Higher cumulative exposure to antibiotics may be associated with higher risk for the development of Inflammatory Bowel Disease (IBD), according to research published in Lancet Gastroenterology & Hepatology.
This is not just a public health problem (Antibiotic Resistance), it is a medication safety issue. Antibiotic drugs can really cause harm by killing certain types of intestinal flora (bacteria), while leaving others types of bacteria and yeast unscathed. This changes the floral balance within the gut Microbiome in sometimes dangerous ways, and it appears to be dose dependent — meaning that the more often you take antibiotics the more likely you are to develop IBD at some point.
In my estimation, this is the first of what will likely become a broad array of diagnoses sometimes associated with antibiotic use. I suspect that most of the conditions likely to be associated with antibiotics will be autoimmune. Examples of autoimmune diseases are: Lupus (systemic lupus erythematous), Vitiligo, Graves Disease and Hashimoto’s Thyroiditis, Psoriasis, Rheumatoid Arthritis, and more. In fact, there has already been evidence for a number of years that links Rheumatoid Arthritis to the growth of specific intestinal bacteria.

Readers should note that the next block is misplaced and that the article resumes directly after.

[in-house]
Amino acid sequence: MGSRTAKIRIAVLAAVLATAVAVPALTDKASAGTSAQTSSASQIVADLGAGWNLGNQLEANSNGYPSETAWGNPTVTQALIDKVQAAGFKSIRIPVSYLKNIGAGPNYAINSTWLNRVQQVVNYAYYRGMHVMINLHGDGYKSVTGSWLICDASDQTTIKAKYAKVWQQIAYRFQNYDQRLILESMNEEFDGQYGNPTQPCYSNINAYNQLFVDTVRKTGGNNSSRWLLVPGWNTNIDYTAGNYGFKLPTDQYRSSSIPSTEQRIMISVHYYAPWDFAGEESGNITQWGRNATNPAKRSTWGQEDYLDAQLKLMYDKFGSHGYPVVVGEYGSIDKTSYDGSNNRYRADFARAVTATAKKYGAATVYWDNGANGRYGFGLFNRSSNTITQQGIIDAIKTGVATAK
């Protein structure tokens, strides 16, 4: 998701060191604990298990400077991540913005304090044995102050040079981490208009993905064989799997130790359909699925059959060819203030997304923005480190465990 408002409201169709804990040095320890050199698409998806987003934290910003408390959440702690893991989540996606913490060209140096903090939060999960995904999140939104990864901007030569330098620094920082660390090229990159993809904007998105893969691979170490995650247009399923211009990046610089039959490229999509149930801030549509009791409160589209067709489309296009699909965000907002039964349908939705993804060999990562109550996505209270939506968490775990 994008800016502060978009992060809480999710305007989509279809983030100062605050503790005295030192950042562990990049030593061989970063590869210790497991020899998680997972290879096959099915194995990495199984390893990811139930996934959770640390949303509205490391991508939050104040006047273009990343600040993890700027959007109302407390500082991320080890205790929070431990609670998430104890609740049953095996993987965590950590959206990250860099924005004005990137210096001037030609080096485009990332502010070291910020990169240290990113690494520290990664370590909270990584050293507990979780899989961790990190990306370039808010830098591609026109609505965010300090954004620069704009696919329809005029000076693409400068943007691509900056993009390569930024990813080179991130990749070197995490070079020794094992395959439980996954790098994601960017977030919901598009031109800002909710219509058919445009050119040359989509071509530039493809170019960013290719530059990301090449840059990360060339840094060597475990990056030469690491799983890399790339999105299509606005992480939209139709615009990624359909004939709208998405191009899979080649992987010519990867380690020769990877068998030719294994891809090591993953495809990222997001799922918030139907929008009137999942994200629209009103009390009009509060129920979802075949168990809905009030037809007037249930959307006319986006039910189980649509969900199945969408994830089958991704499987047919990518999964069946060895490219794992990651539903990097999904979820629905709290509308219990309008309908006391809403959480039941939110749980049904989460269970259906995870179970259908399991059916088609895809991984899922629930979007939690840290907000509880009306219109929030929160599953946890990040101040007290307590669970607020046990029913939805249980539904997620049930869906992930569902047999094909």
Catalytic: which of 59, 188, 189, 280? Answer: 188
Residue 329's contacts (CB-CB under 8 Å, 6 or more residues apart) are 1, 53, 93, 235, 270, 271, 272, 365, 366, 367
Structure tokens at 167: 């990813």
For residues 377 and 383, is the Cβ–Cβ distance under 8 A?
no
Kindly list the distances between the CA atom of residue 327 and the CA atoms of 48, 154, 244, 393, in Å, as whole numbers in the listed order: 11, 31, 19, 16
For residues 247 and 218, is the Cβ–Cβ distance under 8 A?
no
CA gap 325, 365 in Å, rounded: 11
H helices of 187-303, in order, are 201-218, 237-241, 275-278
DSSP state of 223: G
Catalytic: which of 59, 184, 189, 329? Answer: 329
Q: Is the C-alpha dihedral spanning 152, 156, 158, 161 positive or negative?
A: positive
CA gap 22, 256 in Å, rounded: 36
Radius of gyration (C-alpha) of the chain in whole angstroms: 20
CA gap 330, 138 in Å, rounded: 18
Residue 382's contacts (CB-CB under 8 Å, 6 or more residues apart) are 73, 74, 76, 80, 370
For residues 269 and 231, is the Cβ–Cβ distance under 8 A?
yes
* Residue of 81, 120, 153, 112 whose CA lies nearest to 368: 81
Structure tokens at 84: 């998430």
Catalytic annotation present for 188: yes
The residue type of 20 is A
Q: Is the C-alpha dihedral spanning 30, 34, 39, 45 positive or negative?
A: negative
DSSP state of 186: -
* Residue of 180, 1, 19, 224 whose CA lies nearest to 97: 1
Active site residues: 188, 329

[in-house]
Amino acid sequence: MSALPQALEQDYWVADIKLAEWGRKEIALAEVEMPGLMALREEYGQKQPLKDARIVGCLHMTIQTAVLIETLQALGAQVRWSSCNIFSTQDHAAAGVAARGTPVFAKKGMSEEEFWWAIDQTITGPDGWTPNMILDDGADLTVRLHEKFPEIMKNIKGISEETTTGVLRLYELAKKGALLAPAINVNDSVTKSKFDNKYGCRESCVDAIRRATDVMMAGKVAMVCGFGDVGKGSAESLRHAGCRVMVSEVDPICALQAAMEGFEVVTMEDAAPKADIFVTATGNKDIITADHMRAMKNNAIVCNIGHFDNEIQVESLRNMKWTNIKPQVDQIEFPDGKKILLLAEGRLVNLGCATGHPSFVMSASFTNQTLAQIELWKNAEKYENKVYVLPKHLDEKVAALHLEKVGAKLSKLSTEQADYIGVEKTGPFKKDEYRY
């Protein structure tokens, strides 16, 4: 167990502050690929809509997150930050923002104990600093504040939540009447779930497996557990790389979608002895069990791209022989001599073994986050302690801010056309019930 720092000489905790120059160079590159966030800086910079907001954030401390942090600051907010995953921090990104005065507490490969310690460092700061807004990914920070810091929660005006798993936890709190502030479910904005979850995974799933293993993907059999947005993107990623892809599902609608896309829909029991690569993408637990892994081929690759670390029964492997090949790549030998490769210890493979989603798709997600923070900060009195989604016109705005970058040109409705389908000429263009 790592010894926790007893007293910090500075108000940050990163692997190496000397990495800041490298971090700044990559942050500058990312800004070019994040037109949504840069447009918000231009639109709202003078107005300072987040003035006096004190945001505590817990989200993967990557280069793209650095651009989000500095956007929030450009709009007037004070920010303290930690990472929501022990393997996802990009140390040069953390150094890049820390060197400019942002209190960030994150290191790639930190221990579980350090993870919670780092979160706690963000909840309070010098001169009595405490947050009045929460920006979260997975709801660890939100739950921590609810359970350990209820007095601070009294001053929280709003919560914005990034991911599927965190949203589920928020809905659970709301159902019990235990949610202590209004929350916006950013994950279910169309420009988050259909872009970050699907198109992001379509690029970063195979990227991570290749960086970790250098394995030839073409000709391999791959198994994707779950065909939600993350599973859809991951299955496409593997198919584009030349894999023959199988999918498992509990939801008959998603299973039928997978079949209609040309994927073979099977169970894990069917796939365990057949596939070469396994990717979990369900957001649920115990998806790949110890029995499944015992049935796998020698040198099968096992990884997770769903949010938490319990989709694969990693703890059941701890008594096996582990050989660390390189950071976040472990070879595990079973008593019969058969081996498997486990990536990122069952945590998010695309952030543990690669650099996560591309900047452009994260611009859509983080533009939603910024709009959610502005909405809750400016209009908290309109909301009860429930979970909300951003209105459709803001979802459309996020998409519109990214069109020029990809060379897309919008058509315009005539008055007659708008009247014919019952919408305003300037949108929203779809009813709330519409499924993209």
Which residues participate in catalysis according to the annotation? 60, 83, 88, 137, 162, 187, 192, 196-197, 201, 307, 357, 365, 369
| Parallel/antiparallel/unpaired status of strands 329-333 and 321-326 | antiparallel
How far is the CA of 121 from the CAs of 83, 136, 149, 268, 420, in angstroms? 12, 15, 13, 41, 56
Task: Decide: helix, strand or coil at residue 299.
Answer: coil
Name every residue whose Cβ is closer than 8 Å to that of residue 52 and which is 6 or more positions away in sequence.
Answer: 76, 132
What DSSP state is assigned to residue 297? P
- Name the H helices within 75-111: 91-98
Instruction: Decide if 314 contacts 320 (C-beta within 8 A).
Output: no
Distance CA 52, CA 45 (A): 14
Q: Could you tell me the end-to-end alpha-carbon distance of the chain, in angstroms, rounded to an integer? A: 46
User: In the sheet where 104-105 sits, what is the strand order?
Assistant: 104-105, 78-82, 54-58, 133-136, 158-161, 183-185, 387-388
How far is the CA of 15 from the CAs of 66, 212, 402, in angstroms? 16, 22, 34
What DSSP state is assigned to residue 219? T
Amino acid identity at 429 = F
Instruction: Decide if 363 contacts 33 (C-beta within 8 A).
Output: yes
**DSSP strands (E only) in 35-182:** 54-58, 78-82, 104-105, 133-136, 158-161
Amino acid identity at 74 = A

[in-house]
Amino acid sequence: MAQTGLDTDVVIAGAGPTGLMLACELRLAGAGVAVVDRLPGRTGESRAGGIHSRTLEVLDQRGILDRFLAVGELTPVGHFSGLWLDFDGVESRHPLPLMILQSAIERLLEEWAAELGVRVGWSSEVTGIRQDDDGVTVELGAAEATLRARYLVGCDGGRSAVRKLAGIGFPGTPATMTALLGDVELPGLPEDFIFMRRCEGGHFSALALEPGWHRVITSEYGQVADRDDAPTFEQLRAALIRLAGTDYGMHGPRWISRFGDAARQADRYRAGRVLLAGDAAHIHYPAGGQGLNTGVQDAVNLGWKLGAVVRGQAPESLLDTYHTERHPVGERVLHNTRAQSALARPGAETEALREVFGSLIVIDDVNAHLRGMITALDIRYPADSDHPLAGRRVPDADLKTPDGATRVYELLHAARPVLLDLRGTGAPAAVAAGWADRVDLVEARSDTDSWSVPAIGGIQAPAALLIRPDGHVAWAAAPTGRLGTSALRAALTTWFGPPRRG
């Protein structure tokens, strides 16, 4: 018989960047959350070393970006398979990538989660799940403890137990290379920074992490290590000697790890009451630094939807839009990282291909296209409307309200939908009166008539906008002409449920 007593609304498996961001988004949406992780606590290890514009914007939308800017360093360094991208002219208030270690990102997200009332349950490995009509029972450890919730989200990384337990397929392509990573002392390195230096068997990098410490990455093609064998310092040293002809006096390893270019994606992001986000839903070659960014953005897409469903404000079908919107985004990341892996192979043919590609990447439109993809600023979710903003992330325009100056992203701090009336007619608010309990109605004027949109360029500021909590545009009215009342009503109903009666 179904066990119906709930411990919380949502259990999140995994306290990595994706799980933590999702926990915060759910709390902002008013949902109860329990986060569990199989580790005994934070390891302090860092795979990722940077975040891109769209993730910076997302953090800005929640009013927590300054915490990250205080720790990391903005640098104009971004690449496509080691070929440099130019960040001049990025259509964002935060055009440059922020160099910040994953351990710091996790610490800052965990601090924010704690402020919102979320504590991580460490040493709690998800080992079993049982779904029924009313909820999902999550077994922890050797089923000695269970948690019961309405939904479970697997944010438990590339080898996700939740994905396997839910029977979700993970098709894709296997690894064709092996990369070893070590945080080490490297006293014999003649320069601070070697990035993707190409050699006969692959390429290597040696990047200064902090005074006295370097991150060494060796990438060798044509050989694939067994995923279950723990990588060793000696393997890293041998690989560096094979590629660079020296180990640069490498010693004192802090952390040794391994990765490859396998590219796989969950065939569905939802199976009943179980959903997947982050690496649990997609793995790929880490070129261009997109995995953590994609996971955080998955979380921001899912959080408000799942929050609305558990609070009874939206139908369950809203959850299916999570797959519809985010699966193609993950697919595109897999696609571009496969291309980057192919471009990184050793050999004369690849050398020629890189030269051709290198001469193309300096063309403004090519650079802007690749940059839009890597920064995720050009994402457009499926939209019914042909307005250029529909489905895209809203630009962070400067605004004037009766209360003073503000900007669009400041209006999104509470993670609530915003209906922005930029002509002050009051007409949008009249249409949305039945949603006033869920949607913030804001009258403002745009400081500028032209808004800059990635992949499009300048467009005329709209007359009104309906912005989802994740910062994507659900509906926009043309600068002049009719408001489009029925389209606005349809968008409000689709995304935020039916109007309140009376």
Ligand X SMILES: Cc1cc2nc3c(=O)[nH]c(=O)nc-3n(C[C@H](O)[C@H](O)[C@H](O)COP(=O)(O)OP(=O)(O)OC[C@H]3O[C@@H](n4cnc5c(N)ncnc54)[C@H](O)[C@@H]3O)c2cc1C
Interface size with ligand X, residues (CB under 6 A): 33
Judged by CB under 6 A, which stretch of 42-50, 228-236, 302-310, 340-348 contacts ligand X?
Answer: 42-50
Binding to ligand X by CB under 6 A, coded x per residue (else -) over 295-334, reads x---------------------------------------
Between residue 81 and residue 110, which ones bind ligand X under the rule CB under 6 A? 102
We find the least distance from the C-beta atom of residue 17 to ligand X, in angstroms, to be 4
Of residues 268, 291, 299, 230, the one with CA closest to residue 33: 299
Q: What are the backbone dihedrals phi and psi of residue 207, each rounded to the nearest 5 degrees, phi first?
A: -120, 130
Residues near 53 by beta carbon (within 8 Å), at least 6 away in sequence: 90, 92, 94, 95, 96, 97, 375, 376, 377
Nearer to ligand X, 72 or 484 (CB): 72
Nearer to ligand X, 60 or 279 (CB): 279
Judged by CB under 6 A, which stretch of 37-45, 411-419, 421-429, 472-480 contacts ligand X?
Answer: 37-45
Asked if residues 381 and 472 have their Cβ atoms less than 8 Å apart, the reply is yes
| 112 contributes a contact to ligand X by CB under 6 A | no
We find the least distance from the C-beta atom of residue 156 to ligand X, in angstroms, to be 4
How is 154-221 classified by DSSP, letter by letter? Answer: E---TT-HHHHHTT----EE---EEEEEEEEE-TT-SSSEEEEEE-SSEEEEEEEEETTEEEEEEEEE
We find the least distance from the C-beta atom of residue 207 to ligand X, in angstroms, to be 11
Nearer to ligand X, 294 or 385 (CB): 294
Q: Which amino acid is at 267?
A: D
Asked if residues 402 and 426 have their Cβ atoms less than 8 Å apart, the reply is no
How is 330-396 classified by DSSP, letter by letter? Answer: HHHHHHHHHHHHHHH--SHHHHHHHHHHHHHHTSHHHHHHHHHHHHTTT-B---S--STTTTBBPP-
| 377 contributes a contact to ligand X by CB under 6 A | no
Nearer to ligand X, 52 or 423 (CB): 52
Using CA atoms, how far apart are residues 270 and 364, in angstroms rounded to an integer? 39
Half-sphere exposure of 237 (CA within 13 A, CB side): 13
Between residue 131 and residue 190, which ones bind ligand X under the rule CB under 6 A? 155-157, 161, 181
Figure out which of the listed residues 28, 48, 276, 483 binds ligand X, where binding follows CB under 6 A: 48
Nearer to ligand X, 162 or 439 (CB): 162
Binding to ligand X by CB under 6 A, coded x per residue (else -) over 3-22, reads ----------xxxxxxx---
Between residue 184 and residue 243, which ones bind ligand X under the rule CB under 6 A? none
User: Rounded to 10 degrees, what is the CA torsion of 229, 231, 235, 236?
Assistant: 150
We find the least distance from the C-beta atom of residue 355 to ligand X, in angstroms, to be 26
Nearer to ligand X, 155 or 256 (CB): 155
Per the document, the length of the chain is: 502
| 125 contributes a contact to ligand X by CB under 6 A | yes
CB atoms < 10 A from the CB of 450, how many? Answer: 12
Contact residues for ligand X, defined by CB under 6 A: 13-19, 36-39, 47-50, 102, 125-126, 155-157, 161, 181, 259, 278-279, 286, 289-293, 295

For anyone who has not heard about Functional Medicine, it is an elegant field of medicine that takes a much broader and more Holistic science based approach to human health and illness. The Institute of Functional Medicine (IFM) is a wonderful organization that trains doctors in this approach and is worth knowing about.
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Justin Groode MD | Patient Advocate Alliance, LLC